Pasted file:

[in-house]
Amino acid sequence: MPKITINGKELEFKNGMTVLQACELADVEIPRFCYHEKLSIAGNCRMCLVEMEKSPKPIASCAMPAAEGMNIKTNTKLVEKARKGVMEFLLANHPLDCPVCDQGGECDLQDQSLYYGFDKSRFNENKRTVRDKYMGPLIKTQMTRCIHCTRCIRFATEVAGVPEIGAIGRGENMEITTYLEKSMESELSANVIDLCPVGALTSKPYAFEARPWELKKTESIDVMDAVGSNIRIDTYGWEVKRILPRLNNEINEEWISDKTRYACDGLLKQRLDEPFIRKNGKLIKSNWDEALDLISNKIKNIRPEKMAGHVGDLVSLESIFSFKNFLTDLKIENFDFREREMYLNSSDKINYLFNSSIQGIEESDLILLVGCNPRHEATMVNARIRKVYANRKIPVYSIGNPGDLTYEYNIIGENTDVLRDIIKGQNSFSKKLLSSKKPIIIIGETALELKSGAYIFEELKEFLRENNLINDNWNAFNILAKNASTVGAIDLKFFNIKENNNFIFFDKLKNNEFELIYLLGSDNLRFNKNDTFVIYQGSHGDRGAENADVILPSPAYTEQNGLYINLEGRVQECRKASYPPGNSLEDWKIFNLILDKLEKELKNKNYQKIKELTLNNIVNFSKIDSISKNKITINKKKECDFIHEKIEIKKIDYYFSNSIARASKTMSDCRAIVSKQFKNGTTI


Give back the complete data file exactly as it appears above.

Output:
[in-house]
Amino acid sequence: MPKITINGKELEFKNGMTVLQACELADVEIPRFCYHEKLSIAGNCRMCLVEMEKSPKPIASCAMPAAEGMNIKTNTKLVEKARKGVMEFLLANHPLDCPVCDQGGECDLQDQSLYYGFDKSRFNENKRTVRDKYMGPLIKTQMTRCIHCTRCIRFATEVAGVPEIGAIGRGENMEITTYLEKSMESELSANVIDLCPVGALTSKPYAFEARPWELKKTESIDVMDAVGSNIRIDTYGWEVKRILPRLNNEINEEWISDKTRYACDGLLKQRLDEPFIRKNGKLIKSNWDEALDLISNKIKNIRPEKMAGHVGDLVSLESIFSFKNFLTDLKIENFDFREREMYLNSSDKINYLFNSSIQGIEESDLILLVGCNPRHEATMVNARIRKVYANRKIPVYSIGNPGDLTYEYNIIGENTDVLRDIIKGQNSFSKKLLSSKKPIIIIGETALELKSGAYIFEELKEFLRENNLINDNWNAFNILAKNASTVGAIDLKFFNIKENNNFIFFDKLKNNEFELIYLLGSDNLRFNKNDTFVIYQGSHGDRGAENADVILPSPAYTEQNGLYINLEGRVQECRKASYPPGNSLEDWKIFNLILDKLEKELKNKNYQKIKELTLNNIVNFSKIDSISKNKITINKKKECDFIHEKIEIKKIDYYFSNSIARASKTMSDCRAIVSKQFKNGTTI